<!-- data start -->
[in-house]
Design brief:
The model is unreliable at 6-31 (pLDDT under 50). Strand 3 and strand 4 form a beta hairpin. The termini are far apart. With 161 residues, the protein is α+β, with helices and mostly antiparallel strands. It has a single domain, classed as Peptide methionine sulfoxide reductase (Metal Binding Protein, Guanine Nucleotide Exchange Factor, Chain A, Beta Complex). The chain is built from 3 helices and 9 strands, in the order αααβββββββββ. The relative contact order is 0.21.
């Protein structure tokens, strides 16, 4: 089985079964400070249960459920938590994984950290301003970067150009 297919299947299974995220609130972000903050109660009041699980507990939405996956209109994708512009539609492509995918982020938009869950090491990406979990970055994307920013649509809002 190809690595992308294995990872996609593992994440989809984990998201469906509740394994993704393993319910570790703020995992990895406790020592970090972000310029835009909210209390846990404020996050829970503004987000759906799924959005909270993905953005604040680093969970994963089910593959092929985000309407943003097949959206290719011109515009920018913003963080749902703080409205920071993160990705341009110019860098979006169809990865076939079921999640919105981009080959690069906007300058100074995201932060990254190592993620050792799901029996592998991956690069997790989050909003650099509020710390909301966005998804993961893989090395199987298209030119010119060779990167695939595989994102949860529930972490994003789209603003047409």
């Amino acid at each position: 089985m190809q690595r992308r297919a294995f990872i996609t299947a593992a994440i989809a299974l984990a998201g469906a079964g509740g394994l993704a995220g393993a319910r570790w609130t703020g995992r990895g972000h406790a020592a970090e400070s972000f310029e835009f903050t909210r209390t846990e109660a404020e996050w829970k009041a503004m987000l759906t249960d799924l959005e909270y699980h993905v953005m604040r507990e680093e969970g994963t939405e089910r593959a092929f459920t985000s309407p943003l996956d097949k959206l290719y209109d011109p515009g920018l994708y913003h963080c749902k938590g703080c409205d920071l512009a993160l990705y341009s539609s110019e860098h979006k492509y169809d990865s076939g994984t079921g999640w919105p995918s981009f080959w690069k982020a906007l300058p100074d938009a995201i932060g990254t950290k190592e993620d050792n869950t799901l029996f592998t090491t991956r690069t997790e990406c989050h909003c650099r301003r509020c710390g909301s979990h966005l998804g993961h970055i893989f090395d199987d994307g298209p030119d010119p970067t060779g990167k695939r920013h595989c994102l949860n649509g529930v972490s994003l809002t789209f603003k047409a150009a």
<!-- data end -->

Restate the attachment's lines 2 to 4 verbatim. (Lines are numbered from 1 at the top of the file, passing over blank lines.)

Design brief:
The model is unreliable at 6-31 (pLDDT under 50). Strand 3 and strand 4 form a beta hairpin. The termini are far apart. With 161 residues, the protein is α+β, with helices and mostly antiparallel strands. It has a single domain, classed as Peptide methionine sulfoxide reductase (Metal Binding Protein, Guanine Nucleotide Exchange Factor, Chain A, Beta Complex). The chain is built from 3 helices and 9 strands, in the order αααβββββββββ. The relative contact order is 0.21.
């Protein structure tokens, strides 16, 4: 089985079964400070249960459920938590994984950290301003970067150009 297919299947299974995220609130972000903050109660009041699980507990939405996956209109994708512009539609492509995918982020938009869950090491990406979990970055994307920013649509809002 190809690595992308294995990872996609593992994440989809984990998201469906509740394994993704393993319910570790703020995992990895406790020592970090972000310029835009909210209390846990404020996050829970503004987000759906799924959005909270993905953005604040680093969970994963089910593959092929985000309407943003097949959206290719011109515009920018913003963080749902703080409205920071993160990705341009110019860098979006169809990865076939079921999640919105981009080959690069906007300058100074995201932060990254190592993620050792799901029996592998991956690069997790989050909003650099509020710390909301966005998804993961893989090395199987298209030119010119060779990167695939595989994102949860529930972490994003789209603003047409």